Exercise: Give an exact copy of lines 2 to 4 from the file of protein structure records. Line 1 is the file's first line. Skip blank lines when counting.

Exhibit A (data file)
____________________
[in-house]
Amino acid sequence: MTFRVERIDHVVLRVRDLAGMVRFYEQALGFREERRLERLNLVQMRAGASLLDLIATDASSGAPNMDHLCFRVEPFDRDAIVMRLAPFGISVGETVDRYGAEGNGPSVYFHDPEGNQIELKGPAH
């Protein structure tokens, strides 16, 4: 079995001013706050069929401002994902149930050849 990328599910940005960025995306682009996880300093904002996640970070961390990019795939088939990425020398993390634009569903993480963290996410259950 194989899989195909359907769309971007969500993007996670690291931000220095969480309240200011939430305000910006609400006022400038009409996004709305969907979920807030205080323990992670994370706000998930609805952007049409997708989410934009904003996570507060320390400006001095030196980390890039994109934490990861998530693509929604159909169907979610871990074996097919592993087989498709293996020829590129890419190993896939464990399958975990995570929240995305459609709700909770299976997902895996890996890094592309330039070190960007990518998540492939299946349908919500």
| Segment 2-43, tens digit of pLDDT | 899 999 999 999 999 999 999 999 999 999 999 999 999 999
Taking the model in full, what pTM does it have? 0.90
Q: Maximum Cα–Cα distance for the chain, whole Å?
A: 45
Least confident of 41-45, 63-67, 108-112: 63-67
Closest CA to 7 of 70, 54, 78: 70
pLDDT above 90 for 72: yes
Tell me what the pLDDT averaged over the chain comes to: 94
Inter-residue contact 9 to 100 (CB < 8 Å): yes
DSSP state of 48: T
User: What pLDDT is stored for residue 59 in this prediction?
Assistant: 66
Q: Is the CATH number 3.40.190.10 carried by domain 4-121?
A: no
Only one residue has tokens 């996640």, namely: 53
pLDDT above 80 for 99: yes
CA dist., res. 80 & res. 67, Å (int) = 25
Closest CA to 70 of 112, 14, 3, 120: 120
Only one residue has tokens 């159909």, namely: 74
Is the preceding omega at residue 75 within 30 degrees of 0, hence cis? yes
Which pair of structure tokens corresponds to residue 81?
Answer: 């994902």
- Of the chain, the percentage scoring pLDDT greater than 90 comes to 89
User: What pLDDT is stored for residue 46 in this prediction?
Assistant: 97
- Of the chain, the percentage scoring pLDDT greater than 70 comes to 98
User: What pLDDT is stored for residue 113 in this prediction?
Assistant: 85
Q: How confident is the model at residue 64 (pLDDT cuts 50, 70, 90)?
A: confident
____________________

Amino acid sequence: MTFRVERIDHVVLRVRDLAGMVRFYEQALGFREERRLERLNLVQMRAGASLLDLIATDASSGAPNMDHLCFRVEPFDRDAIVMRLAPFGISVGETVDRYGAEGNGPSVYFHDPEGNQIELKGPAH
């Protein structure tokens, strides 16, 4: 079995001013706050069929401002994902149930050849 990328599910940005960025995306682009996880300093904002996640970070961390990019795939088939990425020398993390634009569903993480963290996410259950 194989899989195909359907769309971007969500993007996670690291931000220095969480309240200011939430305000910006609400006022400038009409996004709305969907979920807030205080323990992670994370706000998930609805952007049409997708989410934009904003996570507060320390400006001095030196980390890039994109934490990861998530693509929604159909169907979610871990074996097919592993087989498709293996020829590129890419190993896939464990399958975990995570929240995305459609709700909770299976997902895996890996890094592309330039070190960007990518998540492939299946349908919500």
| Segment 2-43, tens digit of pLDDT | 899 999 999 999 999 999 999 999 999 999 999 999 999 999